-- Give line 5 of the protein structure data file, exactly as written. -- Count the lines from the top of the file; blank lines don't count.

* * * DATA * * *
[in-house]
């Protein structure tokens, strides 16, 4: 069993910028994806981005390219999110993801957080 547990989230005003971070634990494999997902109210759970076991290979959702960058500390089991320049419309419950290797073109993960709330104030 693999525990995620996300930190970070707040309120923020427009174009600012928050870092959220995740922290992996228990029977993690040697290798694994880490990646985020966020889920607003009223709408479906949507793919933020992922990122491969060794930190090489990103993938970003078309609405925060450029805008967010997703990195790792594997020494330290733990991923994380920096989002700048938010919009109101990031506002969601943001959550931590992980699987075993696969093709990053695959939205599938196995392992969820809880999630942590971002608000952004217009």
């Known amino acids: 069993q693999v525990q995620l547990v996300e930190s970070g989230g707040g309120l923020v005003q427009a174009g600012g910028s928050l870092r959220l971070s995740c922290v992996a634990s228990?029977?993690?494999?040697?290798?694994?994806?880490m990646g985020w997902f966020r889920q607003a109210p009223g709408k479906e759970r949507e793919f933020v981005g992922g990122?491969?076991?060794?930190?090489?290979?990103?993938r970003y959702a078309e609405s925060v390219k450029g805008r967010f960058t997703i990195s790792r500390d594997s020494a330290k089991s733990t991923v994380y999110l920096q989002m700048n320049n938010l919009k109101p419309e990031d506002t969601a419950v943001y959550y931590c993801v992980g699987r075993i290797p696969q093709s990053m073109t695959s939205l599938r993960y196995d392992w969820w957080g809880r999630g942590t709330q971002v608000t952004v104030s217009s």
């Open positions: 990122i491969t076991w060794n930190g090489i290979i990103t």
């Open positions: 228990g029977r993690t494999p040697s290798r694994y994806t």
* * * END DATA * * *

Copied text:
């Open positions: 228990g029977r993690t494999p040697s290798r694994y994806t």